It’s an old reviewer’s standby to describe their subject as work that will stay with the reader long after they have put it down. In the case of the emotionally immersive experience of Over Under Sideways Down, though, this is not lazy cliché.
Over Under Sideways Down – our 2014 Broken Frontier Awards winner in the category of ‘Best One-Shot’ – was released in the UK in June of this year as part of Refugee Week; an event designed to celebrate the contribution of refugees to the country and to promote a greater understanding of why people seek sanctuary here. Published by the Red Cross, and distributed for free in print and online, the comic tells the true story of teenager Ebrahim’s flight from persecution in Iran at the age of 15, brought to comic strip life by British creator Karrie Fransman (The House that Groaned).
Earlier this year I reviewed Over Under Sideways Down here and it was also among my selections this month as one of my own personal top three comics of the year when, as Broken Frontier’s Managing Editor, I was asked by the Forbidden Planet International Blog team to talk about my ‘Best of 2014’ selections for their traditional series of annual round-ups from creators and commentators across the industry.
It was there that I described Fransman’s work on the project in the following terms: “There are few creators working in British comics at the moment with such a powerful understanding of the unique potential of the form as Karrie Fransman, and Over Under Sideways Down brings together a remarkable and courageous story with stunning comics craftsmanship to underline the importance of comics as an accessible communication tool.”
That in itself is a vital point to underline. However praiseworthy Over Under Sideways Down is as an educational tool and as a piece of engaging and insightful graphic journalism – both of which should be lauded and celebrated in their own right – this award is for the single best use of comics as a medium in a complete shorter form work. In that regard it’s Karrie Fransman’s subtle manipulation of the structure of the comic strip page in conveying Ebrahim’s unforgettable story in such a powerful and evocative manner that made this an outstanding example of the graphic narrative and a deserving winner in this category.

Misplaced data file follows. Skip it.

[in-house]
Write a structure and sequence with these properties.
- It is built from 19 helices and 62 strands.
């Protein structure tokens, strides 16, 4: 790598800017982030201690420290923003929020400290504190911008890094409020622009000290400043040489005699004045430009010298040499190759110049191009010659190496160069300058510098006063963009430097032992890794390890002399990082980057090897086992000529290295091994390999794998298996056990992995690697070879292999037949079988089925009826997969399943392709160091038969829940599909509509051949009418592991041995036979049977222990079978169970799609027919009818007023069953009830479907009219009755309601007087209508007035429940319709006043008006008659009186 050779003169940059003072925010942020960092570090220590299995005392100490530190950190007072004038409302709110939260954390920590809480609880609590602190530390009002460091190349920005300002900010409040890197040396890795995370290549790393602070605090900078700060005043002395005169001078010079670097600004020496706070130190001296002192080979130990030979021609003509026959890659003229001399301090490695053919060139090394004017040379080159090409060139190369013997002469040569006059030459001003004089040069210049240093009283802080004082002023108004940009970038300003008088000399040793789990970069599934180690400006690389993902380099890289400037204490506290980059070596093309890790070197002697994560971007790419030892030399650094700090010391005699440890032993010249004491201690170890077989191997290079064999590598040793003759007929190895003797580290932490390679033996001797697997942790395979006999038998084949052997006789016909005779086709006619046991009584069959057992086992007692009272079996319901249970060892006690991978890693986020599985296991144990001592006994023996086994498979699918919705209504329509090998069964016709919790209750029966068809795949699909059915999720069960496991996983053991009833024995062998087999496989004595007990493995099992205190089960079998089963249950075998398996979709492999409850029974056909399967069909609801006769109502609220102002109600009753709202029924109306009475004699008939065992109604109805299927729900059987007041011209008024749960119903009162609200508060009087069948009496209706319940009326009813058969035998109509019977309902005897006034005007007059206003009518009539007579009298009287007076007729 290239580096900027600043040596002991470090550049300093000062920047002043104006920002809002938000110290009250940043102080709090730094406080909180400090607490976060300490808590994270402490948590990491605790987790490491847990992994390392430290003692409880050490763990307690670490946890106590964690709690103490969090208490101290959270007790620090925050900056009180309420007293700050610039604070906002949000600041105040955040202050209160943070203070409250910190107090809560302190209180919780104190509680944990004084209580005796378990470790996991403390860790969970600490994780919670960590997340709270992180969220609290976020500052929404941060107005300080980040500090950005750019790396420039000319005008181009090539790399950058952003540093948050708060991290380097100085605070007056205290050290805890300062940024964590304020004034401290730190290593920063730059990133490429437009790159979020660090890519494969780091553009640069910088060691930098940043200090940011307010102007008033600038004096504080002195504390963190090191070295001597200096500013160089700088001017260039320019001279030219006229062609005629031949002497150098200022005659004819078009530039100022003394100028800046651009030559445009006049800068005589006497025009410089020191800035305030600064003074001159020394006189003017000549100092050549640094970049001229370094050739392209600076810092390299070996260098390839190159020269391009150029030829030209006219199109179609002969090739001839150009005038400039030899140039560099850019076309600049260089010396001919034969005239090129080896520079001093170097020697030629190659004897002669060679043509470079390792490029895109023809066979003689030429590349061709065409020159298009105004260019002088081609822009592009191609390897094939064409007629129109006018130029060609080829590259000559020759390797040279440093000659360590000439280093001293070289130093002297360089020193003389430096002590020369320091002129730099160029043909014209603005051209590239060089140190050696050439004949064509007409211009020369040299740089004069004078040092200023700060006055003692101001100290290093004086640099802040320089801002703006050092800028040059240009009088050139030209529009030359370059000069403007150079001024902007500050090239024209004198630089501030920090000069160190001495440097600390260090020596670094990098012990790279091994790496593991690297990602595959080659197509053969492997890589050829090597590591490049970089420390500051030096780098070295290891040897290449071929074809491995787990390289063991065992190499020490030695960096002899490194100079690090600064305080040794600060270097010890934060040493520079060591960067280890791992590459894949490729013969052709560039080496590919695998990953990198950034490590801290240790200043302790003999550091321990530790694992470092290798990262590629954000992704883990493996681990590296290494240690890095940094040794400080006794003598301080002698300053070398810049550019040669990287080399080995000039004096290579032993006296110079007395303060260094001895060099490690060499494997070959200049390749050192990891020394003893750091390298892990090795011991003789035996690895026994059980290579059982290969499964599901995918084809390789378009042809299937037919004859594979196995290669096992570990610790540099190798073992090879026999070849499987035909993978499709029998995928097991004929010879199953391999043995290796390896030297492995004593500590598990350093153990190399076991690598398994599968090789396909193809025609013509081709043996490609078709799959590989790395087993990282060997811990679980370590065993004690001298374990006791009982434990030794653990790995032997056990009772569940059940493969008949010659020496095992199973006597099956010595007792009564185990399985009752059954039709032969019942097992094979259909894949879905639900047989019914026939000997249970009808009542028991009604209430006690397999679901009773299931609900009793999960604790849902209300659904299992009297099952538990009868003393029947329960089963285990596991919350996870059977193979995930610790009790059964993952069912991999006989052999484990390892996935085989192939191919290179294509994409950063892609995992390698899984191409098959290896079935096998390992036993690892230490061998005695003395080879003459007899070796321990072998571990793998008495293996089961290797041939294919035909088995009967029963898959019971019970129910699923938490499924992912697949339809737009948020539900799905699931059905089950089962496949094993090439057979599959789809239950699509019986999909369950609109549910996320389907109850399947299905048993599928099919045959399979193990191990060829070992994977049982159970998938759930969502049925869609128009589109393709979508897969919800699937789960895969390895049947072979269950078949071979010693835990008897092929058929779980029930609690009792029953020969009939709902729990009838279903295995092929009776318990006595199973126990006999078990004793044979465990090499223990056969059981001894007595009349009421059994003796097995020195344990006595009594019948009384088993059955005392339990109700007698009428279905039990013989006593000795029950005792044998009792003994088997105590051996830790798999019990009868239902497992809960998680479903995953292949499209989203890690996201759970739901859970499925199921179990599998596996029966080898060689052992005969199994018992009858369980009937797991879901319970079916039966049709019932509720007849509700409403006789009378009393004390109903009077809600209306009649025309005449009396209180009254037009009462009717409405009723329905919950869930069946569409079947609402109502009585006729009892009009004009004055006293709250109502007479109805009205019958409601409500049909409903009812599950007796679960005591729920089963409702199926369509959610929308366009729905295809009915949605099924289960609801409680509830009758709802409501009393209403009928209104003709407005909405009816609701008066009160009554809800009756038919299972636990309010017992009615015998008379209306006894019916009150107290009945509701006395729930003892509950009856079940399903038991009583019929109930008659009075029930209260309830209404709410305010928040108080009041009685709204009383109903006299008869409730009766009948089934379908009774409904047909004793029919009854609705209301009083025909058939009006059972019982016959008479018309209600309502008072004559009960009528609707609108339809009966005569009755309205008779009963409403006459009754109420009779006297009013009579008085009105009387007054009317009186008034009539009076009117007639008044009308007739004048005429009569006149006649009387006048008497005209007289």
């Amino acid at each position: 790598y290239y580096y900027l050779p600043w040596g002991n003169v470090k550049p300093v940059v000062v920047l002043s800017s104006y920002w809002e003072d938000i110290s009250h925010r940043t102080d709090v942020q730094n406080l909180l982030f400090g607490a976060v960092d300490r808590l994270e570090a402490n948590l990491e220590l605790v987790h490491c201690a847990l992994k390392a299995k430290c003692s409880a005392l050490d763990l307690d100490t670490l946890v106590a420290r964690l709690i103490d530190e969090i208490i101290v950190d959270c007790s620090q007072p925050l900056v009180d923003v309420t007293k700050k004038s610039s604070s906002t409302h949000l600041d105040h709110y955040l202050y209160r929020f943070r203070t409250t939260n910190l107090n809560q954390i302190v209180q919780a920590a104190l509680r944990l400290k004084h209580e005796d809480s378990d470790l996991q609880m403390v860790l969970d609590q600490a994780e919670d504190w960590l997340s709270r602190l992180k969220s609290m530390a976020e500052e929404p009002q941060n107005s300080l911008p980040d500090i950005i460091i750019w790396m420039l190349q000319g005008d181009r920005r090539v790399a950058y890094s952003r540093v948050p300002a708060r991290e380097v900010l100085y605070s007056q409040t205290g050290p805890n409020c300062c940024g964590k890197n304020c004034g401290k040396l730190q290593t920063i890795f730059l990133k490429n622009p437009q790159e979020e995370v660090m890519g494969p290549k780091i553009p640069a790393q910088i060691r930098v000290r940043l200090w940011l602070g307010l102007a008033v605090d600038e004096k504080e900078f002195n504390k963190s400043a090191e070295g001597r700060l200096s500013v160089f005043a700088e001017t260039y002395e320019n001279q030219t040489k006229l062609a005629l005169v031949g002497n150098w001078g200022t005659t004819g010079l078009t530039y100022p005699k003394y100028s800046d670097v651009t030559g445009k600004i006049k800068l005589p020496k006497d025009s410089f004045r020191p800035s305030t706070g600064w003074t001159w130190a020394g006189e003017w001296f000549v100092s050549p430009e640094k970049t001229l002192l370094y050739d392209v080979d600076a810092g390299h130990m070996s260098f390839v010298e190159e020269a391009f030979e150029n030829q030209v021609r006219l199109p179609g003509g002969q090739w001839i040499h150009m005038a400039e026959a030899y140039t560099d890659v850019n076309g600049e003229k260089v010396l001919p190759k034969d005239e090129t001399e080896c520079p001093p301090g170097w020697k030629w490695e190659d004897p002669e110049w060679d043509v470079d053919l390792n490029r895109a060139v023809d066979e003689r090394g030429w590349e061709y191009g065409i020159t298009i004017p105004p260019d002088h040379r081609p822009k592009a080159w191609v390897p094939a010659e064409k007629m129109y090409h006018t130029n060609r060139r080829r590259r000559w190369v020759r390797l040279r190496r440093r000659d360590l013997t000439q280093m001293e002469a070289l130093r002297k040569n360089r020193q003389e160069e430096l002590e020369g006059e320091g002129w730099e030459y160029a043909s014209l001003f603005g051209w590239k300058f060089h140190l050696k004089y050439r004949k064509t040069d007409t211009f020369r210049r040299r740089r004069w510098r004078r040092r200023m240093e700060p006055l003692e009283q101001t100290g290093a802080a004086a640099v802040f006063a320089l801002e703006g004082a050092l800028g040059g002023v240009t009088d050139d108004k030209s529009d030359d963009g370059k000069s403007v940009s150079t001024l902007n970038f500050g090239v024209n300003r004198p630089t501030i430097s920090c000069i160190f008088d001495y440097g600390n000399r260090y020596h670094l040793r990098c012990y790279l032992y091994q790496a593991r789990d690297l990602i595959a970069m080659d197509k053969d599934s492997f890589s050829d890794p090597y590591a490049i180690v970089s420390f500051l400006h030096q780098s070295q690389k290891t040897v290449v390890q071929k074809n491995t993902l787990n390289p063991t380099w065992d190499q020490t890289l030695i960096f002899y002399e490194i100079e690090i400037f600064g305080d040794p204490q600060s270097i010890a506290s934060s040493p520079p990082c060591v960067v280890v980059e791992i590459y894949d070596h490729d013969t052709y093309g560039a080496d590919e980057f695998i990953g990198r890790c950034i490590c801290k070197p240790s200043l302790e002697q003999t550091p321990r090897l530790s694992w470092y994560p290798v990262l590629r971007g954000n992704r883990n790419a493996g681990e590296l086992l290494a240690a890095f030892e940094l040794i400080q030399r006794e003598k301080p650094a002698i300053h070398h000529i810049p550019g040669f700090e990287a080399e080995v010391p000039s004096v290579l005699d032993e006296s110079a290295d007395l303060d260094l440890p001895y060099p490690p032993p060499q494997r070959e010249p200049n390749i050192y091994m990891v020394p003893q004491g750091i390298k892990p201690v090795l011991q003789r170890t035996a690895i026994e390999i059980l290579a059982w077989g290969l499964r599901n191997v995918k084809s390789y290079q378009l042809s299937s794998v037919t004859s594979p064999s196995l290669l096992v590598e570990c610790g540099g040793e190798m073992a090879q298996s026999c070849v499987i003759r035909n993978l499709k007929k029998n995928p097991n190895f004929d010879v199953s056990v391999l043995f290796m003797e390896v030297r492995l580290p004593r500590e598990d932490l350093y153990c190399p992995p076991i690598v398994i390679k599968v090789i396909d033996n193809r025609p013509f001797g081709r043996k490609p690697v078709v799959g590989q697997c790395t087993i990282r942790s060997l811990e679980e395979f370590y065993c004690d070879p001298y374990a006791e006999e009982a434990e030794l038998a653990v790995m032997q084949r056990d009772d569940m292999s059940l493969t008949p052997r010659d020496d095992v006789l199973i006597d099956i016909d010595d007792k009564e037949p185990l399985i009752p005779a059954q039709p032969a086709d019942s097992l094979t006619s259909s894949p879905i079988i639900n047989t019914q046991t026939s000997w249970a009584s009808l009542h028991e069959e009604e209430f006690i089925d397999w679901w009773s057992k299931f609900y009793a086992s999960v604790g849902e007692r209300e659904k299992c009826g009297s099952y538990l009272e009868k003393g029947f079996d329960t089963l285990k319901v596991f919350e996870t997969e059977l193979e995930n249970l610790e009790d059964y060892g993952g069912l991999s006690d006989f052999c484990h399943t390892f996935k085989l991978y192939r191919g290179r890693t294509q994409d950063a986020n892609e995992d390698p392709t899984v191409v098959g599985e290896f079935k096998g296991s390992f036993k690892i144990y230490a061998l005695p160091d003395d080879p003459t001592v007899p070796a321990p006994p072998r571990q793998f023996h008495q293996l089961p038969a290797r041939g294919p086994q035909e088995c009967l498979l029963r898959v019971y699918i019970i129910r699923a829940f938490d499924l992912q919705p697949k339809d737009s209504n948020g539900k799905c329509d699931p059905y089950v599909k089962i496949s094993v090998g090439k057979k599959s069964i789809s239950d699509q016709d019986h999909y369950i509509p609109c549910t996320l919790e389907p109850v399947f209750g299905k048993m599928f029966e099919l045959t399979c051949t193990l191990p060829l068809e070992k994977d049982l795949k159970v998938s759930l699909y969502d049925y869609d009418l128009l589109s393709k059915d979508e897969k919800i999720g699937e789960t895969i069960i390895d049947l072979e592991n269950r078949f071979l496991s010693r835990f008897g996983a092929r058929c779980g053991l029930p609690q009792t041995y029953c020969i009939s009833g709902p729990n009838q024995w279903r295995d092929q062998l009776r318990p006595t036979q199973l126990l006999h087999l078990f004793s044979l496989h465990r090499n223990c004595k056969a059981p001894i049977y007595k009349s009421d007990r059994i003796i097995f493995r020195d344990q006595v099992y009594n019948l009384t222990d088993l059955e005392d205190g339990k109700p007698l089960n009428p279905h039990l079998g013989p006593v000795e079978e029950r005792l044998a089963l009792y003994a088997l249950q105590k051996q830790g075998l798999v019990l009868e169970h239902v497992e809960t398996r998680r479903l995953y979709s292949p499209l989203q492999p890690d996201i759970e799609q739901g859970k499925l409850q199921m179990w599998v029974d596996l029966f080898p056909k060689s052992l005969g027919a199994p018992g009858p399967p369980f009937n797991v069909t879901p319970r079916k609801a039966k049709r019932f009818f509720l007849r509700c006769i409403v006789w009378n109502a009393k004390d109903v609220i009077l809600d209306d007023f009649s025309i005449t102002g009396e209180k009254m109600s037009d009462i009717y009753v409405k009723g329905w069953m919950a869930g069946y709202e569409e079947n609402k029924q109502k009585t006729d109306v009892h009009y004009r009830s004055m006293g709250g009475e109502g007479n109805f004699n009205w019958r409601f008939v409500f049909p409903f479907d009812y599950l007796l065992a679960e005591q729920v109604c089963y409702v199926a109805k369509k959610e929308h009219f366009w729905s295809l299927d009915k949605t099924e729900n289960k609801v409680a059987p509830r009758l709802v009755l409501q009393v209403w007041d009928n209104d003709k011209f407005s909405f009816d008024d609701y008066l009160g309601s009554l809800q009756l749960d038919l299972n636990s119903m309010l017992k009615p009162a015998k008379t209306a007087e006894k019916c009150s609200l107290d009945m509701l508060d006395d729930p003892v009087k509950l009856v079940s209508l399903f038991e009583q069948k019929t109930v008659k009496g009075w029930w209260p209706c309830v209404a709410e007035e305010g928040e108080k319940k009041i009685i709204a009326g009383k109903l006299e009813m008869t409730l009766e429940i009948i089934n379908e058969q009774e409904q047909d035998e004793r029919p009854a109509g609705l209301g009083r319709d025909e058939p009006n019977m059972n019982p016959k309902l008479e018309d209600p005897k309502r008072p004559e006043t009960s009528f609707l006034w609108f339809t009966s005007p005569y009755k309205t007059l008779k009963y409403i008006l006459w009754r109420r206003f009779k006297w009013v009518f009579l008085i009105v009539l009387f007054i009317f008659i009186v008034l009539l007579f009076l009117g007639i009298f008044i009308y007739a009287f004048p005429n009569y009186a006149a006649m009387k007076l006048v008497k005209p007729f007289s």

When I originally reviewed Over Under Sideways Down I spoke of Fransman’s employment of “clever visual metaphors, inventive use of speech balloons, and brilliantly imaginative and playful uses of the sequential foundation of the comics narrative” and talked about the comic “providing a masterclass in the storytelling tricks that only comics as a form can achieve.”
Those claims are not hyperbolic, as any reader can see for themselves for free here. It’s an old reviewer’s standby to describe their subject as work that will stay with the reader long after they have put it down. In the case of the emotionally immersive experience of Over Under Sideways Down, though, this is not lazy cliché. It’s a truly appropriate description of a remarkable piece of storytelling that stands as a testament to the potency of comics to communicate, share and inform.